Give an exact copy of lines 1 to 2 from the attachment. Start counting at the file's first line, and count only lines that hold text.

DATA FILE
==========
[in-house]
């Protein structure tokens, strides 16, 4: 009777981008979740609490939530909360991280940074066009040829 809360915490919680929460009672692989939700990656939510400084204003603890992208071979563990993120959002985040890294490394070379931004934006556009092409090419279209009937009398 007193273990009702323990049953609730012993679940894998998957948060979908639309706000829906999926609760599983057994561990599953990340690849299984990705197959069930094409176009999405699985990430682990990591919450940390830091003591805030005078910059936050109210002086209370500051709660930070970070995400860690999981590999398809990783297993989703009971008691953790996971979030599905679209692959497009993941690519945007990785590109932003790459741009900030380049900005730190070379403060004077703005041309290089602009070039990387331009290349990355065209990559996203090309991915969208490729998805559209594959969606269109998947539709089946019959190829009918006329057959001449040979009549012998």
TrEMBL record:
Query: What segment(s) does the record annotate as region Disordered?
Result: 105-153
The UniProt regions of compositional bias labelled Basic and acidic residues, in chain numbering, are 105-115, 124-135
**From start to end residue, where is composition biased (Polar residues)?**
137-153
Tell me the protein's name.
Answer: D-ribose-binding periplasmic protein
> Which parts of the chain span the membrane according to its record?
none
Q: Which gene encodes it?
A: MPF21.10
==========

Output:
[in-house]
């Protein structure tokens, strides 16, 4: 009777981008979740609490939530909360991280940074066009040829 809360915490919680929460009672692989939700990656939510400084204003603890992208071979563990993120959002985040890294490394070379931004934006556009092409090419279209009937009398 007193273990009702323990049953609730012993679940894998998957948060979908639309706000829906999926609760599983057994561990599953990340690849299984990705197959069930094409176009999405699985990430682990990591919450940390830091003591805030005078910059936050109210002086209370500051709660930070970070995400860690999981590999398809990783297993989703009971008691953790996971979030599905679209692959497009993941690519945007990785590109932003790459741009900030380049900005730190070379403060004077703005041309290089602009070039990387331009290349990355065209990559996203090309991915969208490729998805559209594959969606269109998947539709089946019959190829009918006329057959001449040979009549012998």